5. Use behavior momentum where you start with easy tasks and lead systematically into more difficult ones, so you build momentum for success.
  6. When having a child do what might be perceived as a difficult task, follow it with something fun.
  7. Acknowledge their fears. They are real to a child with anxiety.  Listen to what they are saying and try to understand. Avoid statements such as” Get Over It.”  If they could they would.  
  8. Teach the child mindfulness activities such as deep breathing and positive self-talk.
  9. During these stressful times, do activities that capitalize on the child’s strengths whether it is art, music, doing puzzles.  Most important do the activities with the child.  
  10. Build the child’s self-worth by having them spend some time each day doing something for someone else.  Perhaps they can write a note to someone else in the family, maybe they can help you make masks, maybe they can sweep a neighbor’s porch.  The possibilities are endless.  These activities focus on the needs of others and give the child a sense of purpose.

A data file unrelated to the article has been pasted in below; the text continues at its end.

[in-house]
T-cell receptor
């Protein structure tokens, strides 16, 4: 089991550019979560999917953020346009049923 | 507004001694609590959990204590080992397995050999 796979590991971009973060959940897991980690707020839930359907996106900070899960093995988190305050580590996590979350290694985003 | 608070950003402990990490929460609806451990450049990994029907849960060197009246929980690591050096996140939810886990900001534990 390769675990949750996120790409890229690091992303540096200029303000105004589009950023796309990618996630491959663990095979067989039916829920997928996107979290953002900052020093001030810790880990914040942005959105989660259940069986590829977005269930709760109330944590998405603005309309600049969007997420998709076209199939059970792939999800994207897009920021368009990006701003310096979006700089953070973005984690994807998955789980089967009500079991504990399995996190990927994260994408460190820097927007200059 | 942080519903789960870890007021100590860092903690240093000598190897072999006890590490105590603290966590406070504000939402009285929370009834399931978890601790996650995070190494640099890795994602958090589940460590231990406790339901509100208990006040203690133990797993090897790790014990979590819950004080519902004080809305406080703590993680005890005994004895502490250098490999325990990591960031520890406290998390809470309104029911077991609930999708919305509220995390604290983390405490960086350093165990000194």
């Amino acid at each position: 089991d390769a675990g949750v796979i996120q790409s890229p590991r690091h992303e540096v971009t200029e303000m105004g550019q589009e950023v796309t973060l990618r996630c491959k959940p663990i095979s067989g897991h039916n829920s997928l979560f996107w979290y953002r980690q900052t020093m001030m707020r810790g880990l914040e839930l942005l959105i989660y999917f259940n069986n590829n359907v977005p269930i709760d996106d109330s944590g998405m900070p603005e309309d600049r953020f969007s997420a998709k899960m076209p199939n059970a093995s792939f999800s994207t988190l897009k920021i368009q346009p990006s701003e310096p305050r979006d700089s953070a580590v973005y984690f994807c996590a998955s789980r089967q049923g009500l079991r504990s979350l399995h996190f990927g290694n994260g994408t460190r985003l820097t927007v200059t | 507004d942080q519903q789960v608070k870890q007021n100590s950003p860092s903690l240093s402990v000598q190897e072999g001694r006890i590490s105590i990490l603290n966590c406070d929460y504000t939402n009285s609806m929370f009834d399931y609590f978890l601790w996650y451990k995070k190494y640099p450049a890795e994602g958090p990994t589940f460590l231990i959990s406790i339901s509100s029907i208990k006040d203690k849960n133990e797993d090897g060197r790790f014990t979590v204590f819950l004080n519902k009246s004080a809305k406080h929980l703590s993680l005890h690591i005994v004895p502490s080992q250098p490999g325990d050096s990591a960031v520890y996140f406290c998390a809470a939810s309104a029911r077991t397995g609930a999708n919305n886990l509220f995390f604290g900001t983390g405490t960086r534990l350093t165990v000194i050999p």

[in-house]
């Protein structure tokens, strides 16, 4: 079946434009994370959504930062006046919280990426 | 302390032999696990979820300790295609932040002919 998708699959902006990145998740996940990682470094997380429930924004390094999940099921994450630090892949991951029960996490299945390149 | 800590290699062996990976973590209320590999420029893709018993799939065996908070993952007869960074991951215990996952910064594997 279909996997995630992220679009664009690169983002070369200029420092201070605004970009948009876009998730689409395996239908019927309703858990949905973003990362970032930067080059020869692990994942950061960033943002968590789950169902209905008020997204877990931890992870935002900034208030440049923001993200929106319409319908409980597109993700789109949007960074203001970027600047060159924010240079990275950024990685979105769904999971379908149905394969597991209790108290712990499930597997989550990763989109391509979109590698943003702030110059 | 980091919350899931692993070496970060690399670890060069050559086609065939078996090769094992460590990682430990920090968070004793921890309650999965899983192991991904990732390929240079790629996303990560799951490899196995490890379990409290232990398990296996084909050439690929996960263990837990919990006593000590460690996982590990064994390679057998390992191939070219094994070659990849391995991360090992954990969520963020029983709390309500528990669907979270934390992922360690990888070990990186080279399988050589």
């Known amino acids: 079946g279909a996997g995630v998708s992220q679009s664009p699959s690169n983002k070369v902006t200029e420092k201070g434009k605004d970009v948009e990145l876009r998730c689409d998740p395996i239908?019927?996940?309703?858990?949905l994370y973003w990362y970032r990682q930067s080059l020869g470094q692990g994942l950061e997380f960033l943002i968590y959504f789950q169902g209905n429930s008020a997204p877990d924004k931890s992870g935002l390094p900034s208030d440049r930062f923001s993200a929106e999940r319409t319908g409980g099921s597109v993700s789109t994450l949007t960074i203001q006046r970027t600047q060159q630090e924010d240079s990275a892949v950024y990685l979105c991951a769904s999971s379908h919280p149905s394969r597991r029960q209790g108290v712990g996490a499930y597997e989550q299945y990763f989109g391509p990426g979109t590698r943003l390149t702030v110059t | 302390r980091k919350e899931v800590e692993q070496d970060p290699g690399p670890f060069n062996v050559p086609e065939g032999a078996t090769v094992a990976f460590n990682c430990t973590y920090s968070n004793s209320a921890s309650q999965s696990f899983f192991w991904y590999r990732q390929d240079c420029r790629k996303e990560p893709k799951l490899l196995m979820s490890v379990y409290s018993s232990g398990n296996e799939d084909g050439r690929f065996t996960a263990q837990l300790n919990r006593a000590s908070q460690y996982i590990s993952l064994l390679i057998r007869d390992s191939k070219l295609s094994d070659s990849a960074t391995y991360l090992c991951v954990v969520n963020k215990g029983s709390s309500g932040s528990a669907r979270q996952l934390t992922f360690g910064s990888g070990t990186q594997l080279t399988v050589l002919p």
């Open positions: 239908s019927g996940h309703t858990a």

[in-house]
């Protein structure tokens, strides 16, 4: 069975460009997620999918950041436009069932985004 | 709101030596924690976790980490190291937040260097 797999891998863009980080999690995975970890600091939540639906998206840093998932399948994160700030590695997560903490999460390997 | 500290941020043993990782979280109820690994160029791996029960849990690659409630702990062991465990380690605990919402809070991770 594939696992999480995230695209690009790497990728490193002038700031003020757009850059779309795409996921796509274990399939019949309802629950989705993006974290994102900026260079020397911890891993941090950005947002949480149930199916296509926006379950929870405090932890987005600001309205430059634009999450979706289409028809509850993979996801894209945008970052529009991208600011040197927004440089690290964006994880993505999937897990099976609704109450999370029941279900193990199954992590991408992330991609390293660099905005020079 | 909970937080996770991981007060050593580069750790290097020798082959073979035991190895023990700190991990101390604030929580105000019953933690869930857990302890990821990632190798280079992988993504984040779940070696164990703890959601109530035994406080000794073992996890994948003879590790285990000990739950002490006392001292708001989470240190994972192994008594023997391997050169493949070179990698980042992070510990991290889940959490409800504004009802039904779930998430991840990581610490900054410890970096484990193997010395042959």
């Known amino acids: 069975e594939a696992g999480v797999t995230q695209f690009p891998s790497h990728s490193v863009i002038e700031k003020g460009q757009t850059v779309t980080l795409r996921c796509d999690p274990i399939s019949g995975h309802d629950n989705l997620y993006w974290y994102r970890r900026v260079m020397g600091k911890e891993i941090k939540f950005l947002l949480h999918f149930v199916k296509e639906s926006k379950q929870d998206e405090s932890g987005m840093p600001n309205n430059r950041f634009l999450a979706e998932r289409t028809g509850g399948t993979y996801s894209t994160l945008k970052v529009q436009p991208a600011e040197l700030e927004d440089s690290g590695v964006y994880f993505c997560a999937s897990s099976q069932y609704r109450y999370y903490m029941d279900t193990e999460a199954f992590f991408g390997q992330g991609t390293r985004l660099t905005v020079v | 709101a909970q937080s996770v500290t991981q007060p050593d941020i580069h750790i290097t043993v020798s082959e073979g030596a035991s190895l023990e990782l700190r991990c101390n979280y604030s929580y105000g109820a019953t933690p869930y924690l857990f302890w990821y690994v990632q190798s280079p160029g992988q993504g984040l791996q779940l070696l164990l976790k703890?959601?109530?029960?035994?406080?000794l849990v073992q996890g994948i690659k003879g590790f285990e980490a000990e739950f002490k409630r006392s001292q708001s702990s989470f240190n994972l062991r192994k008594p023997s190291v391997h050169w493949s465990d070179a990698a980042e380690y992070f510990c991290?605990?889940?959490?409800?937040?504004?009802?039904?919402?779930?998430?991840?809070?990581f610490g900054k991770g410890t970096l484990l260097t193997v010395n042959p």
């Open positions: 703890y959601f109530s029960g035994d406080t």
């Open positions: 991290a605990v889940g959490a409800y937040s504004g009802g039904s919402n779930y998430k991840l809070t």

We can stop the child’s snowball from getting bigger by modeling how we manage our emotions, by staying calm, and by recognizing our children’s feelings and giving them the tools to cope.   

A few other resources for helping children with anxiety this fall: 

About the Author

Bev Johns has been an active member of the Learning Disabilities Association for many years serving as a State President and State Presidents’ representative. She is very active in the Healthy Children Project. She has over 35 years experience in speciaL education in the public schools in Illinois. She is now a Professional Fellow at MacMurray College in Jacksonville, Illinois, and is a learning and behavior consultant. She has chaired legislative committees for a number of professional organizations and was the recipient of the 2000 Outstanding Leadership Award of the Council for Exceptional Children. She is the author of over 20 books in the area of special education and working with children with challenging behaviors.